Led Zeppelin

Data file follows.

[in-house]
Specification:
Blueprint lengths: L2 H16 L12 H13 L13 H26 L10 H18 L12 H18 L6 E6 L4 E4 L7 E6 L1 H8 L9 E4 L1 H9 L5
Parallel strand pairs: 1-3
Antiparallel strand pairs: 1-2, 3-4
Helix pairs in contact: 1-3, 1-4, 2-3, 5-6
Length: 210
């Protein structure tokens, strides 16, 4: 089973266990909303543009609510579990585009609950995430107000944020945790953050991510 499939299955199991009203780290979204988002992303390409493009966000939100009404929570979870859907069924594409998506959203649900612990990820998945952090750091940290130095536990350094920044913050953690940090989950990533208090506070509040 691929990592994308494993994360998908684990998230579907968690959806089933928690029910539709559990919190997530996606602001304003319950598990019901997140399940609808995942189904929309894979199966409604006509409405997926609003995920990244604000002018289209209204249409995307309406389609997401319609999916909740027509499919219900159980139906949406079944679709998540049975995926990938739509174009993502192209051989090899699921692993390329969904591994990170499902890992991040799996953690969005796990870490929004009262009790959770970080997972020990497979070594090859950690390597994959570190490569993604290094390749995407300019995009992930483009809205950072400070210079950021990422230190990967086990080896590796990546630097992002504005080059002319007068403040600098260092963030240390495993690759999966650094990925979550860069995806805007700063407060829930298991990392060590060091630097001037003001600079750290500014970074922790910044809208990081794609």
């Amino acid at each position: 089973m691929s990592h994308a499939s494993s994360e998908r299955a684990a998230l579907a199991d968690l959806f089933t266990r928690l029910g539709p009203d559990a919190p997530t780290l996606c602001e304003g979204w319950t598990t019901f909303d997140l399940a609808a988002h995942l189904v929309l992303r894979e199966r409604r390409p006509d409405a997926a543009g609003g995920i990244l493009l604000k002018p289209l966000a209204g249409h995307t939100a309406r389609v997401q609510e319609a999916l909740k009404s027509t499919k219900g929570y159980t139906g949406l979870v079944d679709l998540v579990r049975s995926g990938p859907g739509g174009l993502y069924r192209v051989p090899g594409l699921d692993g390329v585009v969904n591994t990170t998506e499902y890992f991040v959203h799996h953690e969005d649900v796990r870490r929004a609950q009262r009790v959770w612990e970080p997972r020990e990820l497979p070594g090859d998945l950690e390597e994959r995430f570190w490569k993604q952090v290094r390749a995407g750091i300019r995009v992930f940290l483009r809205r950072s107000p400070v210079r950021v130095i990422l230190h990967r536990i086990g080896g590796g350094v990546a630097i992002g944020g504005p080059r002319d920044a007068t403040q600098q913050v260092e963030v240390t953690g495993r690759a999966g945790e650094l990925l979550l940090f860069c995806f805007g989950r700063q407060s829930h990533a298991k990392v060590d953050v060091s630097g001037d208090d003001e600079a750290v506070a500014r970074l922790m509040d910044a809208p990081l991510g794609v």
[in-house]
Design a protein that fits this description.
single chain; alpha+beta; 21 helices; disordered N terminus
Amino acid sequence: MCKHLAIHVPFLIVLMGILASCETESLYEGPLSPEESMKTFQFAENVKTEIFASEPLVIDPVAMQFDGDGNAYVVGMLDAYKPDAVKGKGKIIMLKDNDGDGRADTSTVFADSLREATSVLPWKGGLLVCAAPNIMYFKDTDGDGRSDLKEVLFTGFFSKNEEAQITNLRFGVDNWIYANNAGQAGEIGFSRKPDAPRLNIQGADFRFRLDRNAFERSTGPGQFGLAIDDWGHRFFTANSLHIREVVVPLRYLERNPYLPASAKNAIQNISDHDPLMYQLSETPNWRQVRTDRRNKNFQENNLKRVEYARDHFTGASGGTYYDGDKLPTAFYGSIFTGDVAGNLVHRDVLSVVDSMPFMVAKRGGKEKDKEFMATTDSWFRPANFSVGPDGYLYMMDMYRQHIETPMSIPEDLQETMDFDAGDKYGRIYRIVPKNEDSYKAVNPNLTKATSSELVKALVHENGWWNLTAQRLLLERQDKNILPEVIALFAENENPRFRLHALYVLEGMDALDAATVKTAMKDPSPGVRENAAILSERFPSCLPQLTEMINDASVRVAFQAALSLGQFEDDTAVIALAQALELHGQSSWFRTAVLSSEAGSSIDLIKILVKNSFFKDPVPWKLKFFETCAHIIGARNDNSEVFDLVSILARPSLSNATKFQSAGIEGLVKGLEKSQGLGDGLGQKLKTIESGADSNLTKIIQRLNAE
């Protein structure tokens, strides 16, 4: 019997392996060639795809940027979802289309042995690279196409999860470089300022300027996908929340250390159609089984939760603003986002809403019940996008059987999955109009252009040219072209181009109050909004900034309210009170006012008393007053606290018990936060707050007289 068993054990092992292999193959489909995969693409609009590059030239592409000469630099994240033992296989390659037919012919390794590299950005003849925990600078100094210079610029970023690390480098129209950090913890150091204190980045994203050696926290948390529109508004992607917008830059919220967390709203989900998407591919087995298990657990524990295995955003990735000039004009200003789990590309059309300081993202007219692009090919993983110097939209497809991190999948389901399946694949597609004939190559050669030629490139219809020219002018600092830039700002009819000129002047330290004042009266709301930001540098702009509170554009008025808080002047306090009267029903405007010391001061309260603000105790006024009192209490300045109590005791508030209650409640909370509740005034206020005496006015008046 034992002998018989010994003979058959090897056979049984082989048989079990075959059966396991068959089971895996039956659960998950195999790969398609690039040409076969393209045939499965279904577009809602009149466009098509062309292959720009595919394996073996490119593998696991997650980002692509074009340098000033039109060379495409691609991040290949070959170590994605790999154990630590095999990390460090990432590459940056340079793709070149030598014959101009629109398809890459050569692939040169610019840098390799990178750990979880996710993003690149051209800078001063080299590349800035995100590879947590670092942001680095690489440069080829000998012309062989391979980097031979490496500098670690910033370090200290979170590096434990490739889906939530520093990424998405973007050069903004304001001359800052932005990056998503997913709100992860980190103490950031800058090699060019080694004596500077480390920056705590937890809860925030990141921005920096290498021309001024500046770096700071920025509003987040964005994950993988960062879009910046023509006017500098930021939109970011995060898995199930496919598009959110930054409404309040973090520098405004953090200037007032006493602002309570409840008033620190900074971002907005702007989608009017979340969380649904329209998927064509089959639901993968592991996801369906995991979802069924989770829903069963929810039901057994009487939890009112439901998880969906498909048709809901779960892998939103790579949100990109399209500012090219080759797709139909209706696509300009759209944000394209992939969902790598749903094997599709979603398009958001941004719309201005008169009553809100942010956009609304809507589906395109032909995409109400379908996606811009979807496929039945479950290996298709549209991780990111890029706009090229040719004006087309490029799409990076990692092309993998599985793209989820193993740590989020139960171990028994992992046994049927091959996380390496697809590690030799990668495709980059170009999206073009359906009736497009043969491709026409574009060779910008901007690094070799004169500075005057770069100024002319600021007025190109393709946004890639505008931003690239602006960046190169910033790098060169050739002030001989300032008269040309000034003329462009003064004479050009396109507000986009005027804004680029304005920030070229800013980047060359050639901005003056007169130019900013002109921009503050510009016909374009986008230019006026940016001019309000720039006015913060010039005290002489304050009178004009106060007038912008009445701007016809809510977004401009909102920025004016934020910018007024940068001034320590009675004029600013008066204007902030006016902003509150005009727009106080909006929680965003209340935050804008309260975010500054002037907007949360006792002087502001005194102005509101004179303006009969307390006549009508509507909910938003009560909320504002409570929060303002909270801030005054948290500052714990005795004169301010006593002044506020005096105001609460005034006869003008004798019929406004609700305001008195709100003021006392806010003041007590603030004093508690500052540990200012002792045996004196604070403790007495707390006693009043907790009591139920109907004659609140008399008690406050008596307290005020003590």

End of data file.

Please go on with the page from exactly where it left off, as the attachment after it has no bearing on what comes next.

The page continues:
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Led Zeppelin was never a straight-ahead jazz band, although the British rockers did incorporate jazz-fusion elements on the haunting "No Quarter." But for the most part, Zep's music had little relevance to jazz -- its areas of expertise were heavy metal, hard rock, blues-rock, and folk-rock. Despite its shortage of jazz content, Zep was among the artists that appeared at the 1970 Montreaux Jazz Festival in Switzerland. Some jazz festivals don't necessarily book jazz acts exclusively -- the Playboy Jazz Festival in Los Angeles has had more than its share of rock and R&B acts -- and a perfect example is Zep's Montreaux appearance, which is the focus of this two-CD bootleg. Divinity has nothing to do with jazz, but from a rock standpoint, Zep's Montreaux set of March 14, 1970, is generally exciting, if a bit long-winded at times. One thing that Zep had in common with jazz artists was a love of improvisation; the band really gets a chance to stretch out on a 16-minute "Dazed and Confused," a 16-minute "Moby Dick," and a ten-minute "White Summer/Black Mountain Side." Zep is more succinct, although equally inspired, on "What Is and What Should Never Be," "Since I've Been Loving You," and Willie Dixon's "I Can't Quit You, Baby." In one respect, Zep is comparable to jazz great John Coltrane -- the two sound nothing alike, but both were extremely creative artists who could be long-winded. And because Trane and Zep brought so much creativity and first-rate musicianship to the table, one could easily forgive their excesses. Divinity (which has decent, if imperfect, sound quality) isn't essential, but is well worth searching for if you're among Zep's hardcore fans.

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